After God used Joseph to save all of Egypt and the surrounding areas, Israel and his entire clan moved to Egypt. Enjoying the benefits of being related to the man who was second in command (Joseph), the Israelites now grew in number and were known to be very strong. This continued for four hundred years. While it is wonderful that God’s people began to grow strong and numerous, we must remember that this was not God’s plan for the Israelites. The promise for the Israelites was for them to have their own homeland in the land of Canaan in which they would be a great nation and blessing to the world. Even though God blessed the suffering of Joseph, we see the result of the sin of the brothers’ jealousy of Joseph is that Israel and his sons lose their homeland. But as usual, God has a plan to bring them back. 

As is rampant throughout human history, when God’s people are given worldly comforts over a period of time and attach themselves to worldly powers, eventually they will be persecuted. When a new Pharaoh was crowned in Egypt (possibly a new dynasty had forcefully taken over), he was very suspicious of the Israelites. He looked to diminish their numbers so that they might not overthrow the kingdom one day. As a result, he enslaved them by forcing them to build cities. Yet, the Israelite people continued to grow.

When enslaving the Israelites failed to diminish them, Egypt (already a contraceptive culture) decided to kill all the Hebrew male children as they were born. This was to be done through the midwives, yet they did not. They lied to Pharaoh and told him the boys came too quickly, before they could get there. So Pharaoh told every Egyptian to throw Isrealite baby boys into the Nile. Israel begins to cry out to God in their persecution. 

This brings us to Moses who was born of the tribe of Levi. His mother saved him by floating him down the Nile in a basket until by God’s providence, Pharaoh’s own daughter drew him out. She decided to keep Moses as her own and Moses’ own mother is the woman who nursed him for Pharaoh’s daughter. Moses grew up in the palace of Pharaoh, but when he was older he ventured out to see his enslaved people. Filled with anger at their treatment, Moses kills an Egyptian taskmaster. He thought he had done so secretly, but he finds out that his action has become known. As a result, Moses flees to the land of Midian where he marries, has children, and starts a new life as a shepherd.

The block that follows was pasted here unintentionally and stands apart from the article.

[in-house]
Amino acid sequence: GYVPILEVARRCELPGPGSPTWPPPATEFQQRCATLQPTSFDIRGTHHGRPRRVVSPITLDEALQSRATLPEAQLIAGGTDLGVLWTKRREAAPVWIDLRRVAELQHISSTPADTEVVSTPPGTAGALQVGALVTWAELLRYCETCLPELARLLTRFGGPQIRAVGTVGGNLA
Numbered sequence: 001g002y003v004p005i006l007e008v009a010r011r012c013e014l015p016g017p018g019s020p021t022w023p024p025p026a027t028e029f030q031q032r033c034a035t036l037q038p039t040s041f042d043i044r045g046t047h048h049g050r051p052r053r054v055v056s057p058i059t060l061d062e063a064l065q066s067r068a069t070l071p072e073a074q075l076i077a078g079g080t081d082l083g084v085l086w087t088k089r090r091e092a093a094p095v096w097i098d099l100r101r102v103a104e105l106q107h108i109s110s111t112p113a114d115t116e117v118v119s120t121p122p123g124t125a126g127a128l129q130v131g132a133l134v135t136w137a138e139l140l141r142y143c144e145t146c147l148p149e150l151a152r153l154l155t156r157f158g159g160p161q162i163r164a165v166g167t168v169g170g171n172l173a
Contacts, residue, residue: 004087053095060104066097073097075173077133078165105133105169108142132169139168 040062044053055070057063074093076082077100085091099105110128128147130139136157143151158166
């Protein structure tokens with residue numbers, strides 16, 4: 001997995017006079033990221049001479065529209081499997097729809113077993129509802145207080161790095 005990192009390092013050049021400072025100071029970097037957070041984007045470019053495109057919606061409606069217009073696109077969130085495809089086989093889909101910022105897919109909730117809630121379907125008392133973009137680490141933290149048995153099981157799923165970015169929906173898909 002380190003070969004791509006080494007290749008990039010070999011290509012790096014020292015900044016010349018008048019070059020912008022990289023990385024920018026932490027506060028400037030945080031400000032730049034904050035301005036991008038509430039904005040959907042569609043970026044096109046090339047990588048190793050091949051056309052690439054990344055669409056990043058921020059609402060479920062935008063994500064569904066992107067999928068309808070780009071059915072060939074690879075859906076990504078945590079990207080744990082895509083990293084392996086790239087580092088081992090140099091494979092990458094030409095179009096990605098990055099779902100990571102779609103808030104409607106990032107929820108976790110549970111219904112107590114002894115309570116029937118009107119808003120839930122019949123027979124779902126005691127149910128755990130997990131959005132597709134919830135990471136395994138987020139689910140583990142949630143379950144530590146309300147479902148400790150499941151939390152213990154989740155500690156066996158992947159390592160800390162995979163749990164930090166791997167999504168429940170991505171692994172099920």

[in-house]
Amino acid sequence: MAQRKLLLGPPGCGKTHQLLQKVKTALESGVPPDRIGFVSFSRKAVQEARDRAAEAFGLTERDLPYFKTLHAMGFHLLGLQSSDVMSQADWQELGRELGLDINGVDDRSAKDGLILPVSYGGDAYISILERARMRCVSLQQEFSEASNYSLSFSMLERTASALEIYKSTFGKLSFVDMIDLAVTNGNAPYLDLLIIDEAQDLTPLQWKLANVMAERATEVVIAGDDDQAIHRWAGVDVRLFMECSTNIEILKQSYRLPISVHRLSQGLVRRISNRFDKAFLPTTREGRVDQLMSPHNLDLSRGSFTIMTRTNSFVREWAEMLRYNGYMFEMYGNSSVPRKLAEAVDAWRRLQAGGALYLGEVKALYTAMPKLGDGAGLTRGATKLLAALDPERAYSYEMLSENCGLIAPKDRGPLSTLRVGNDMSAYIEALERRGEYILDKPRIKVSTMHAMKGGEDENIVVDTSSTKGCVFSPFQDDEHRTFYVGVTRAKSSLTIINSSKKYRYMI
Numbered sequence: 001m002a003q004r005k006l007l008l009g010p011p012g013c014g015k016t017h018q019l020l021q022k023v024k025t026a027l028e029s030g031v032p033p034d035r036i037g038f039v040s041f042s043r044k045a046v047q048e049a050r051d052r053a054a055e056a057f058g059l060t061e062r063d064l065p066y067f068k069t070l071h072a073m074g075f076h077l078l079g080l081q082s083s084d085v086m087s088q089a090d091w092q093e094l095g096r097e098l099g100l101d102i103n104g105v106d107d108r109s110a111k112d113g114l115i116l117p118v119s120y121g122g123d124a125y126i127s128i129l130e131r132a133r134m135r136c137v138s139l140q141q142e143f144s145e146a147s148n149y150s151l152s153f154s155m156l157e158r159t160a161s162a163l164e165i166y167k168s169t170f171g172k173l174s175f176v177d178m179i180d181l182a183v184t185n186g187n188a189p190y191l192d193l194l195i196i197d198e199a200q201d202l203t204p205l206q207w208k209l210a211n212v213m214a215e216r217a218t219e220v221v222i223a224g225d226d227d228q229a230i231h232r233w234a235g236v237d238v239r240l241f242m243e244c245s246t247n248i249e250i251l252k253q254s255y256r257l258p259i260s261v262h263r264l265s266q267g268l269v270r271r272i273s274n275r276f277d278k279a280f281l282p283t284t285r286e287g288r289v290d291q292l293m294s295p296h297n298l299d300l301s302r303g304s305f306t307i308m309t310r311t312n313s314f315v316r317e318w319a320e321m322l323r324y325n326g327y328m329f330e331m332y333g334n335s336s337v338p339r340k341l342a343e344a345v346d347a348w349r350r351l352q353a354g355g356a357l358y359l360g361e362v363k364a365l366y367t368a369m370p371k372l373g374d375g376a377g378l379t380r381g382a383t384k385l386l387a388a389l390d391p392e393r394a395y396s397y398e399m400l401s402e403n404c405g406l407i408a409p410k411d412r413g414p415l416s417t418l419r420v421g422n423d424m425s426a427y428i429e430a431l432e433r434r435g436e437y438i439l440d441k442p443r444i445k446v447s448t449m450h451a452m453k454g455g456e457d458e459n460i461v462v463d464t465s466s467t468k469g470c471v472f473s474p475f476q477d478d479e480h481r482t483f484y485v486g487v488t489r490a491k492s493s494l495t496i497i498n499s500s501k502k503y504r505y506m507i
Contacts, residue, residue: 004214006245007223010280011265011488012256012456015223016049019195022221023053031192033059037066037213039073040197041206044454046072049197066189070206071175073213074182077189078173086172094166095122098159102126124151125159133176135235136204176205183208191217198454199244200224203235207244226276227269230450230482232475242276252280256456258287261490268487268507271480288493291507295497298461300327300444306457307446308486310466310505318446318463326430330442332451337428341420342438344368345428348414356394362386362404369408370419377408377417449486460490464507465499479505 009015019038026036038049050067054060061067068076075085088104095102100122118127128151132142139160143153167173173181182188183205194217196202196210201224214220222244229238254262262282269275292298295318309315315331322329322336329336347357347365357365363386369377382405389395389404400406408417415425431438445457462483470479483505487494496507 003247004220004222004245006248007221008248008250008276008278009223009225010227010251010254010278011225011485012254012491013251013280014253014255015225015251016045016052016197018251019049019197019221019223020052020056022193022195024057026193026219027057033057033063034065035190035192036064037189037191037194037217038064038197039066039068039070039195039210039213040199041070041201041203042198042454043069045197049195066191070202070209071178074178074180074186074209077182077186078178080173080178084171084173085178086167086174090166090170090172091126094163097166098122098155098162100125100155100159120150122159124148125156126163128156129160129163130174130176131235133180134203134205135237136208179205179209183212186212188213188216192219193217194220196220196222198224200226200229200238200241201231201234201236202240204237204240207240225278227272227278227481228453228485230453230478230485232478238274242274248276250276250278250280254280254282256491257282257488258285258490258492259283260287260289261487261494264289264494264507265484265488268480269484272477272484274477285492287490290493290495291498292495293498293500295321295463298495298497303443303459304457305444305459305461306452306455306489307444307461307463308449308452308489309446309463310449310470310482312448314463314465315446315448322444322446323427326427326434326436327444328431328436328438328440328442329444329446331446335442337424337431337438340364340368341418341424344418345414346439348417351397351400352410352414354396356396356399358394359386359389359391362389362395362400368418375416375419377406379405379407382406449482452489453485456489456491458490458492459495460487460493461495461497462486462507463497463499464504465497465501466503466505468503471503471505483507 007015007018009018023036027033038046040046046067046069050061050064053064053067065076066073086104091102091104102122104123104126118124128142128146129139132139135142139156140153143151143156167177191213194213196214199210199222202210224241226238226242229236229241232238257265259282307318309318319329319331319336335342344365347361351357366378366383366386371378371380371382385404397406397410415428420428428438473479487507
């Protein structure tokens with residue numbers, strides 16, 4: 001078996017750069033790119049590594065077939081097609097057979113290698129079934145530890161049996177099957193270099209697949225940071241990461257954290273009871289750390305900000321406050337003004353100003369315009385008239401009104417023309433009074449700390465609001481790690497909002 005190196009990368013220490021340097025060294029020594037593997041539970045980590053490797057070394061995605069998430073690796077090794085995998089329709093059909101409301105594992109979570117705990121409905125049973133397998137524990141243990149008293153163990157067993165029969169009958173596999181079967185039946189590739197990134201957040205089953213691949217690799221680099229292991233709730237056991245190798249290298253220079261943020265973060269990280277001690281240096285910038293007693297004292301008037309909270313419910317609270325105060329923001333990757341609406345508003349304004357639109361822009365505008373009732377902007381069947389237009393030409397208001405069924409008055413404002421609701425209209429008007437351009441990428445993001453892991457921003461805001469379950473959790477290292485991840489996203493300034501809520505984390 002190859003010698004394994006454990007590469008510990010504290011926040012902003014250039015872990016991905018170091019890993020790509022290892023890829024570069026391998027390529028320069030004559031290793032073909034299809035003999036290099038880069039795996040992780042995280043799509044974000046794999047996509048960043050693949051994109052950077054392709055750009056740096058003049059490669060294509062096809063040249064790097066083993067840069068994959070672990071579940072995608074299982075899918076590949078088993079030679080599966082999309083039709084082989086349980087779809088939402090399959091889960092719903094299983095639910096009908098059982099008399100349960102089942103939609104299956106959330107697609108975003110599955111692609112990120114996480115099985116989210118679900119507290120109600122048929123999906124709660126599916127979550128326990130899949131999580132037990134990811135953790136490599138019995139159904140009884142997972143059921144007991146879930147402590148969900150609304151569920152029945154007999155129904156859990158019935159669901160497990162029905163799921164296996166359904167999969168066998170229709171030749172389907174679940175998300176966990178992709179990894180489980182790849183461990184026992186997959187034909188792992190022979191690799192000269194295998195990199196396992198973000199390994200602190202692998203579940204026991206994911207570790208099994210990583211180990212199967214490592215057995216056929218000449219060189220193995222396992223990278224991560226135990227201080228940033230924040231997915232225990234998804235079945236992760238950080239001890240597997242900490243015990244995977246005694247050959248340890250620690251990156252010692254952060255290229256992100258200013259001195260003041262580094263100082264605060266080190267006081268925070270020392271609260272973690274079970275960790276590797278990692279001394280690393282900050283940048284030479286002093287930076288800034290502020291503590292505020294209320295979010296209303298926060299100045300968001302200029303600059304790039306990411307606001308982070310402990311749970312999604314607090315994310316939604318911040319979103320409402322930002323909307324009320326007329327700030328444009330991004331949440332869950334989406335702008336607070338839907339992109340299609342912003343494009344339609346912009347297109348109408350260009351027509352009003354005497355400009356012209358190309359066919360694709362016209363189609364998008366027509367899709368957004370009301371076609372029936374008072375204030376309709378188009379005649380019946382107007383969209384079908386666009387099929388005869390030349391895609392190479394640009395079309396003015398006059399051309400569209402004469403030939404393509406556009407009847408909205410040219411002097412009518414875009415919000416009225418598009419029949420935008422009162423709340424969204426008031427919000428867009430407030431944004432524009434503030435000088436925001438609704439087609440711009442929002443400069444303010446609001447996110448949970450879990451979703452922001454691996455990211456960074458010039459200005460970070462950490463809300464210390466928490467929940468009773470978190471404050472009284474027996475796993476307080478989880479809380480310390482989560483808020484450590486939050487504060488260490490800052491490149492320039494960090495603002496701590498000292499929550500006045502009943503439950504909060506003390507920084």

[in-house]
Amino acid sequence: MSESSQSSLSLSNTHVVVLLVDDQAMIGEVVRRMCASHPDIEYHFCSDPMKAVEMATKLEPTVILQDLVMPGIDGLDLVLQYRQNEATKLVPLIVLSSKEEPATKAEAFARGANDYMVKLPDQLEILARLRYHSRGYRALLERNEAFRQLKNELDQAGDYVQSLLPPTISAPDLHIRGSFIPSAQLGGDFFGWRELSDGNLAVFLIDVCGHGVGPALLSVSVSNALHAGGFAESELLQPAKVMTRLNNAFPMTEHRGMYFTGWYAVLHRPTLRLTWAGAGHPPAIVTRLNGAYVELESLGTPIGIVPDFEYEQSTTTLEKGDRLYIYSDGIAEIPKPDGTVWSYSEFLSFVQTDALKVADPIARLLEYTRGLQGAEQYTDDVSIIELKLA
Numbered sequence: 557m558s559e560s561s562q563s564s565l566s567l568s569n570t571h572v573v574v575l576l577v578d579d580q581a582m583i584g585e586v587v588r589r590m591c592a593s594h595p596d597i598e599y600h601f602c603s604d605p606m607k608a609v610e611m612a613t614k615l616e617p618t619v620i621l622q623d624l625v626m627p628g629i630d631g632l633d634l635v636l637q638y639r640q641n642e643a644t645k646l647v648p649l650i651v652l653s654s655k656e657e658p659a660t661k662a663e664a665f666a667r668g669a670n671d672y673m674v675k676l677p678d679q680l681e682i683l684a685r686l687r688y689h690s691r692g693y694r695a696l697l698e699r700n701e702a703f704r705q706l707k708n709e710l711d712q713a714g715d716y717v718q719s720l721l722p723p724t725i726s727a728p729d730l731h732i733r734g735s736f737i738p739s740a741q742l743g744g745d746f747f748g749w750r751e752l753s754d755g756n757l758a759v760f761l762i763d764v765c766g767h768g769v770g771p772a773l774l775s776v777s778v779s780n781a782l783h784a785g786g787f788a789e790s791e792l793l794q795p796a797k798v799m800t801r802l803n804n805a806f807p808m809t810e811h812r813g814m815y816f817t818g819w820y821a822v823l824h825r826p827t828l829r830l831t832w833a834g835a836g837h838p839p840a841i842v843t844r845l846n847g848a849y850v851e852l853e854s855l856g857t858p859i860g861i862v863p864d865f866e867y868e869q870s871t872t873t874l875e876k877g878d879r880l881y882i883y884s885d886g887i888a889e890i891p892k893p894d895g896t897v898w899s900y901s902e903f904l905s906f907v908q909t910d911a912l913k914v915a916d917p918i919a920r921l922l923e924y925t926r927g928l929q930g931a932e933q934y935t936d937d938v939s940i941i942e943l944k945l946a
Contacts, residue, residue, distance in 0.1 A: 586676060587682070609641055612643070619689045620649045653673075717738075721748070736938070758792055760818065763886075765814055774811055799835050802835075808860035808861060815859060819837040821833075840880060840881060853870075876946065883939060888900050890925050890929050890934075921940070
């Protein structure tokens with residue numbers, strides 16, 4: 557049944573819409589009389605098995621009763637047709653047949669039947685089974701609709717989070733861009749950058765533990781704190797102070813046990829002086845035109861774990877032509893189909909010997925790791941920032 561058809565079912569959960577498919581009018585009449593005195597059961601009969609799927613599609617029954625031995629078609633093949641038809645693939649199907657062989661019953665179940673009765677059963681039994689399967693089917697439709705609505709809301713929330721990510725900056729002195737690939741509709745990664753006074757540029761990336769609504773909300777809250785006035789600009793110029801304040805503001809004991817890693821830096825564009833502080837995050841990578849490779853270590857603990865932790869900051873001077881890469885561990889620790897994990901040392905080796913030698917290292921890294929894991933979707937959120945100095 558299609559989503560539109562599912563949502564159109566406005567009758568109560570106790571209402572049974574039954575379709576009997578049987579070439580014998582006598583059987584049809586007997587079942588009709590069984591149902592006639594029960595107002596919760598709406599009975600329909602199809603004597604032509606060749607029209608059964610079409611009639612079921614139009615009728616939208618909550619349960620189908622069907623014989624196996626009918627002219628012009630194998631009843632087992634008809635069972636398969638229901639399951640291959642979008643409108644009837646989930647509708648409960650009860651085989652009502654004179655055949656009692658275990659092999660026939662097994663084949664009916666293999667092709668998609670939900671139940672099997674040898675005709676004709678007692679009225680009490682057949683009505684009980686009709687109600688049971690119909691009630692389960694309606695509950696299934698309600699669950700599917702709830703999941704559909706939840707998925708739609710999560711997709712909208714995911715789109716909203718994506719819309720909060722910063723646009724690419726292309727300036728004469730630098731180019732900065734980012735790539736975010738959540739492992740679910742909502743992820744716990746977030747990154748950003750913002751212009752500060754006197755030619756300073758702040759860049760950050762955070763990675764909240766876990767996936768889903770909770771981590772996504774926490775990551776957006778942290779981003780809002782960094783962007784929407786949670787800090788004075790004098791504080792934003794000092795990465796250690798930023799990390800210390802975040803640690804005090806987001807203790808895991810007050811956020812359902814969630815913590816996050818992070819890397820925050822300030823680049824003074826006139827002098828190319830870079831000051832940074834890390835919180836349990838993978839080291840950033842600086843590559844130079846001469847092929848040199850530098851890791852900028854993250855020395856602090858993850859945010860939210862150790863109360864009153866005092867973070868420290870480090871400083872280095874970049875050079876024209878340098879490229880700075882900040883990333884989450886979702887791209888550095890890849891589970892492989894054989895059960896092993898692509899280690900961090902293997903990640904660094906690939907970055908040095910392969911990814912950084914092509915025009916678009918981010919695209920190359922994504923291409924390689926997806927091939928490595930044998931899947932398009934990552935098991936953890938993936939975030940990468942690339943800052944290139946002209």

One day when Moses is out with his flocks, he spies a bush that is burning, but not consumed by the fire on the mountain of God. God reveals himself to Moses, gives His name, and tells Moses that he has heard the cry of His enslaved people in Egypt. He instructs Moses to go deliver them and bring them back to the land promised to Abraham. Moses questions how he could do this. God tells him that He will be with Moses. Moses is still skeptical. He does not think the Israelites will believe him, so God shows Moses the signs that He will perform through Moses’ staff. Moses objects yet again that he cannot speak well, to which God becomes angry and suggests that Moses’ brother Aaron be his mouthpiece. Finally, Moses accepts his call from the Lord and heads to Egypt. 

We can learn many things from this interaction at the burning bush. First, reverence is necessary when we are in the presence of God. God instructs Moses to remove his shoes and Moses hides his face on his own accord. God is something completely other than us, and that other is greater. When God reveals himself to us, we recognize this. Next, God does not call people based on their own merit. Moses was a murder (even if it was righteous anger). He is aware of his own unworthiness as he tells God. Yet, when Moses questions why God chose him, God does not affirm anything Moses has done to deserve the call. Rather, God says I will be with you. God works, we are his instruments. As long as we are willing, God can work through anyone. 

Yet, despite all of this, Moses still questions God. This can be very relatable. Whenever we receive personal calls in our heart that call us out of our comfort zone, we often try to rationalize any excuse not to follow. Yet God always has an answer to our protests. If it is His will, He will enable us to do it. 

Finally, lack of faith can call God to righteous anger. We see this happen with Moses, and it often happens that in the Gospels Jesus complains or rebukes a people’s or person’s lack of faith. This is righteous anger meant to push us toward trust in God. Just as a parent’s righteous anger teaches discipline to their children, so does God bring His children into trust of him, even through righteous anger. 

This all points to the fact that life is a journey of purification. We end this story with Moses beginning to understand how to have faith in God. Yet, as we will see, trusting God at the call is just the beginning. God will continue to call Moses and His people to trust in Him before their journey is complete. As a result, He will perform action far greater than a burning bush.